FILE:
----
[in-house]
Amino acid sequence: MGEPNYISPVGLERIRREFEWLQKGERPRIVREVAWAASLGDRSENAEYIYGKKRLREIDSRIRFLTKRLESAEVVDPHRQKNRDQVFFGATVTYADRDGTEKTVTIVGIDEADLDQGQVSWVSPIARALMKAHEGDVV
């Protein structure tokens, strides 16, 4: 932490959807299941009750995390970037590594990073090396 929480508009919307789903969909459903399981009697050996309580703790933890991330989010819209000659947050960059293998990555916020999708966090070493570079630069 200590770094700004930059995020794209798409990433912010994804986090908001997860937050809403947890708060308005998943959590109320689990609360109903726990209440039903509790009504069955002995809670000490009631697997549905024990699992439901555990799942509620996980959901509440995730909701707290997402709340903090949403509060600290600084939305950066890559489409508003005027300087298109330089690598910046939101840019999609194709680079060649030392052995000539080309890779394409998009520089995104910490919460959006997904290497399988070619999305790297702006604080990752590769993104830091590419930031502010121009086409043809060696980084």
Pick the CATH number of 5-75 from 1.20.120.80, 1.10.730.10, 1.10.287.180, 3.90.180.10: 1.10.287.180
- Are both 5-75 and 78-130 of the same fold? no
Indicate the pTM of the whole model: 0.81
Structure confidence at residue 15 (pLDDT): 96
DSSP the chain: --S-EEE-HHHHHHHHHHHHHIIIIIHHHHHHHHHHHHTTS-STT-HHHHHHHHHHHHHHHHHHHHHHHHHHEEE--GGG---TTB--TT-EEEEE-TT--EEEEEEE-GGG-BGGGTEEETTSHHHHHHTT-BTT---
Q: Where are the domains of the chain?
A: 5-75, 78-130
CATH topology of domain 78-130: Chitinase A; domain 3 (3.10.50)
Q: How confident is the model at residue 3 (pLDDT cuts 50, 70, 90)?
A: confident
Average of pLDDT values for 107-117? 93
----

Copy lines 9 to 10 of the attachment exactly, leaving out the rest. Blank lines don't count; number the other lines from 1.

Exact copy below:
Q: Where are the domains of the chain?
A: 5-75, 78-130